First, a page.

The urban setting is truly reflective, showing people with different skin colors, body types, abilities, ages, and classes in a natural and authentic manner… A lovely title.

    School Library Journal

    De la Peña and Robinson here are carrying on for Ezra Jack Keats in spirit and visual style. This quietly remarkable book will likely inspire questions… it will also have some adult readers reaching for a tissue.

    The Horn Book Review (starred review)

    Like still waters, de la Peña and Robinson’s story runs deep. It finds beauty in unexpected places, explores the difference between what’s fleeting and what lasts, acknowledges inequality, and testifies to the love shared by an African-American boy and his grandmother.

    Publishers Weekly (starred review)

    This celebration of cross-generational bonding is a textual and artistic tour de force.

    Kirkus Reviews (starred review)

    The sharp illustrations — in bold, and cheerful primaries — get CJ’s restless energy and curious postures exactly right. The voices of CJ and his grandmother carry the story along in subtle point and counterpoint so that at this book’s quiet close you feel like you’ve been listening to a song.

    The Boston Globe

    Matt de la Peña’s warmhearted story is musical in its cadences…Christian Robinson’s angular, bright illustrations are energetic and vibrant… [A] celebration of the joys of service, the gifts of grandmothers and the tenderness that the city can contain.

    The Washington Post

    That material poverty need not mean spiritual or imaginative poverty becomes beautifully clear in the quietly moving pages of Last Stop on Market Street, a picture book by Matt de la Peña filled with Christian Robinson’s vibrant naïf illustrations.

    The Wall Street Journal

    It’s also the warmth of their intergenerational relationship that will make this book so satisfying, for both young readers and the adults sharing it with them.

    The New York Times Book Review

    Praise for A Nation’s Hope: the Story of Boxing Legend Joe Louis

    Stunning art and dramatic storytelling.

    School Library Journal (starred review)

    Spectacularly illustrated and smoothly cadanced.

    Booklist (starred review)

    Spare, evocative verse melds with the eloquent illustrations to create palpable energy around the fight and Louis’s struggle to the top.

    Publishers Weekly (starred review)

    Praise for I Will Save You

    De la Peña skillfully captures the slippery sides of a schizophrenic personality in this heartwarming, root-for-the-underdog novel.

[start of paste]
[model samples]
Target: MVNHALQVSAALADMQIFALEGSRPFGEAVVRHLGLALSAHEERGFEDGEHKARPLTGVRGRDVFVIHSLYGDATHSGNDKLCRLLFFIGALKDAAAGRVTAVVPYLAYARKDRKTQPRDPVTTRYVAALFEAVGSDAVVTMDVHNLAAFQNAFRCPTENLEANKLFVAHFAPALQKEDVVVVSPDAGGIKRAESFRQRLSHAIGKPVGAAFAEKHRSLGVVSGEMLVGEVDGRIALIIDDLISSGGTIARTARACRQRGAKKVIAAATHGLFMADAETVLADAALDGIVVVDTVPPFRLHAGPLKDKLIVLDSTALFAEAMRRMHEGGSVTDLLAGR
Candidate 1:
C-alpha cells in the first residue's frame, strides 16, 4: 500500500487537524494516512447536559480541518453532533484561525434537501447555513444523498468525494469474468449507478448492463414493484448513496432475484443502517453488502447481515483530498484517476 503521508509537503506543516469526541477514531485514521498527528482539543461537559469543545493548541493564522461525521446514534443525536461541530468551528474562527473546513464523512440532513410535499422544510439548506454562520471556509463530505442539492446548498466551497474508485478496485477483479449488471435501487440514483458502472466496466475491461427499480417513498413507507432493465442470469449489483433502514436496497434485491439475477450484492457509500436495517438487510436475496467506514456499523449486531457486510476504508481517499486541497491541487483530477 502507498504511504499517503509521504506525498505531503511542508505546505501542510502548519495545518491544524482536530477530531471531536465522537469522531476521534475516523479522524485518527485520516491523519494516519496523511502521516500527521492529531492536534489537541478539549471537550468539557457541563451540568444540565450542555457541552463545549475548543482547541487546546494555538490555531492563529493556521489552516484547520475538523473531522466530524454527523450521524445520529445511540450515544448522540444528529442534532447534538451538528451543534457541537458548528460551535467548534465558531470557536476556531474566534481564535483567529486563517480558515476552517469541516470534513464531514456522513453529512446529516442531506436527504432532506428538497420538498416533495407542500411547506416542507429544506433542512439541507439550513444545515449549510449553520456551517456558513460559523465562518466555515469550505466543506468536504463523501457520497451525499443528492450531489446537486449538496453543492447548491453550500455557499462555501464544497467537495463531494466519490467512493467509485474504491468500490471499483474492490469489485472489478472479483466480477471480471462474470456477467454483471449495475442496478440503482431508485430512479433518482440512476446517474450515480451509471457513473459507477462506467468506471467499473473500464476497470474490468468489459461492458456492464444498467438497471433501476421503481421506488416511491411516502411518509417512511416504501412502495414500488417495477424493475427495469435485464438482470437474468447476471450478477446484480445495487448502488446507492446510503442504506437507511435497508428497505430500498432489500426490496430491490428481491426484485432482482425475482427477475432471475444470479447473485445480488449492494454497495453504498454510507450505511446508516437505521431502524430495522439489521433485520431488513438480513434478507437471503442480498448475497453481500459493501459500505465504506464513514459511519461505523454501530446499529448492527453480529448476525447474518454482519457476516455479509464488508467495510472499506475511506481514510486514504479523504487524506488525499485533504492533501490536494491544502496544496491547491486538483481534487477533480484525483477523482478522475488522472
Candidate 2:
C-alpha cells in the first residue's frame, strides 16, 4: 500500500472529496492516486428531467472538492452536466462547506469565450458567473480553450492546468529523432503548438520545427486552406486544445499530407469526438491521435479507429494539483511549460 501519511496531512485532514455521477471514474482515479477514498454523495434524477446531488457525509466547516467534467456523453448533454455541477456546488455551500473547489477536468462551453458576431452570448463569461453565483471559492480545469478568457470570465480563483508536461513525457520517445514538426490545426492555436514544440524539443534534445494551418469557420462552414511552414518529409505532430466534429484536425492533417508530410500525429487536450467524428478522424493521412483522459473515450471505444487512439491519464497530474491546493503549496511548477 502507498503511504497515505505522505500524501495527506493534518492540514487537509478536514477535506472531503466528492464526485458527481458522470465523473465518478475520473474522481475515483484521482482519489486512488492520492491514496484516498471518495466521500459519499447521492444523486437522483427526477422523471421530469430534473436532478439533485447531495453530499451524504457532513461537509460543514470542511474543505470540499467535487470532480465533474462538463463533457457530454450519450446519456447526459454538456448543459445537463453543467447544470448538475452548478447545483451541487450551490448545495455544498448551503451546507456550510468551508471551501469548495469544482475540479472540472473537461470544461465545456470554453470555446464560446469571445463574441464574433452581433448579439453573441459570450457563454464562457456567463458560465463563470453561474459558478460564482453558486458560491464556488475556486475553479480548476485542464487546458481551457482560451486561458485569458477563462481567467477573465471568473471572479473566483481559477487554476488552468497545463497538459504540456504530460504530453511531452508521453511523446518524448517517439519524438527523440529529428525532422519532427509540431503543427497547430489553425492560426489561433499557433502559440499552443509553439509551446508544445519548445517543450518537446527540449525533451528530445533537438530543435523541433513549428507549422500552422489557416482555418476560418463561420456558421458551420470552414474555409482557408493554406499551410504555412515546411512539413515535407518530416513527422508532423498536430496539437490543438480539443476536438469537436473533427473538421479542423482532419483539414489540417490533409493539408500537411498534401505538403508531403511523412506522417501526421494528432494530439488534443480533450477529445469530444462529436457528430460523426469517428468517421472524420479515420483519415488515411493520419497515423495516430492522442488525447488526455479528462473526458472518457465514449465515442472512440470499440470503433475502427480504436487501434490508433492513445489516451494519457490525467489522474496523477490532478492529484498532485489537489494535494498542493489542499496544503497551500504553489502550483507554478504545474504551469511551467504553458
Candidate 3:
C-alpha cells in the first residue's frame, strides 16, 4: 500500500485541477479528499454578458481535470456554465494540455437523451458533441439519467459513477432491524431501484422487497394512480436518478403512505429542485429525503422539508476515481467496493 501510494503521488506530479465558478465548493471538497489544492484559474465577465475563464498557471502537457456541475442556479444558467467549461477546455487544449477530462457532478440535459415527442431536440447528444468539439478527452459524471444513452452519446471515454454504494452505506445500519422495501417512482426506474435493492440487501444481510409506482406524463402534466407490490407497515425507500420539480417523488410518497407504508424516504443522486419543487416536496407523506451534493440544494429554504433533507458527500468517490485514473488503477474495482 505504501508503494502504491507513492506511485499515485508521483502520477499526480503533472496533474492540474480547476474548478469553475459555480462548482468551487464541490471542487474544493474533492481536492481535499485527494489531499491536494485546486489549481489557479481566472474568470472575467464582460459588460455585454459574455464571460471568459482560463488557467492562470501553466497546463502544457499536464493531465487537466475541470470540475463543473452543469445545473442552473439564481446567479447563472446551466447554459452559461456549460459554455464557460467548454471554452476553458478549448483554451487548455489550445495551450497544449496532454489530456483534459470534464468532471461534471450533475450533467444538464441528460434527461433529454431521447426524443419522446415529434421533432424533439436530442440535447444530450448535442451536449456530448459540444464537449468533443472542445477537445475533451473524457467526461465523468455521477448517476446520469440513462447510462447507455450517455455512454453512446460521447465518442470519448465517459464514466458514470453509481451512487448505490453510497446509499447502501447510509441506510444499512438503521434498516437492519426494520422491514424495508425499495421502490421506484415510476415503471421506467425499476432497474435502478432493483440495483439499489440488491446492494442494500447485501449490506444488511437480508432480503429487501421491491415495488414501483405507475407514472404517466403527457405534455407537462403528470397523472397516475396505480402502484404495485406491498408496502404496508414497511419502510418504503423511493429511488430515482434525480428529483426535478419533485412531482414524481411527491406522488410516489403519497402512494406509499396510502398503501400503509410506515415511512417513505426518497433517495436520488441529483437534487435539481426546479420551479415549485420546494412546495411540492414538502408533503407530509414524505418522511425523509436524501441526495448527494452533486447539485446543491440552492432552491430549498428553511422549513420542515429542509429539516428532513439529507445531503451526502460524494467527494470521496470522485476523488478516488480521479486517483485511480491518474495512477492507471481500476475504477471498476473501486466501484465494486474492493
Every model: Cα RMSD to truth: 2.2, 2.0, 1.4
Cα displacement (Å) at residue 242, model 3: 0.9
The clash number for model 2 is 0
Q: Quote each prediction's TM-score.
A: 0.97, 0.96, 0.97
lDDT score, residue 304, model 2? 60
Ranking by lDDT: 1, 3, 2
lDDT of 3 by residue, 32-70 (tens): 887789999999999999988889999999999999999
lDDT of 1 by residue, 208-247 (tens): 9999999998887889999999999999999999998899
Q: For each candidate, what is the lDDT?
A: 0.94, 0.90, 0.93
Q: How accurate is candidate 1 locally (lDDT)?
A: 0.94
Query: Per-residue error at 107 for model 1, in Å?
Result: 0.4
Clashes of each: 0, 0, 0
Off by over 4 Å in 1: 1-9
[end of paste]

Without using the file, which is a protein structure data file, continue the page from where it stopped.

School Library Journal

    A taut psychological novel…[with] intriguing, well-developed characters…[that] will stay with readers.

    Booklist

    Praise for We Were Here

    A story of friendship that will appeal to teens and will engage the most reluctant readers.

    Kirkus Reviews

    A furiously paced and gripping novel.

    Publishers Weekly

    This gripping story about underprivileged teens is a rewarding read.

    Voya

    Fast, funny, smart, and heartbreaking…The contemporary survival adventure will keep readers hooked.

    Booklist

    Praise for Mexican White Boy

    De la Peña blends sports and street together in a satisfying search for personal identity.

    Kirkus Reviews

    The baseball scenes…sizzle like Danny’s fastball…Danny’s struggle to find his place will speak strongly to all teens, but especially to those of mixed race.

    Booklist

    [A] first-rate exploration of self-identity.

    School Library Journal

    Praise for Ball Don’t Lie

    Truly authentic in its examination of both the game I love and the invariable missteps toward manhood. You cannot fail to be moved by the eloquence and truth of this story.

    Rick Fox, former forward for the Los Angeles Lakers

    From the very first sentence, this book grabbed me and didn’t let go. The deeper I got into it, the more I felt like Sticky’s story was my story. His heart, his handle, the guys in the gym, his potential pitfalls, his dreams. All of it. In a weird sense, this is my life.

    Grayson Boucher (“The Professor”) of tha AND 1 Mix Tape Tour

    I have never before seen blacktop ball depicted so well. In this novel, you will find its flash, its power, and its elegance without chains. This is powerful stuff.

    Antawn Jamison, forward for the Los Angeles Clippers

    De la Peña does an excellent job of combining the streets with the sport. Gritty and mesmerizing.

    Kirkus Reviews

    Riveting…Teens will be strongly affected by the unforgettable, distinctly male voice; the thrilling, unusually detailed basketball action; and the questions about race, love, self-worth, and what it means to build a life without advantages.

    Booklist

    [An] inspiring story. Sticky is a true original, and de la Peña has skillfully brought him to life.

    School Library Journal (starred review)
  • Books by Matt de la Peña

  • Media About Matt de la Peña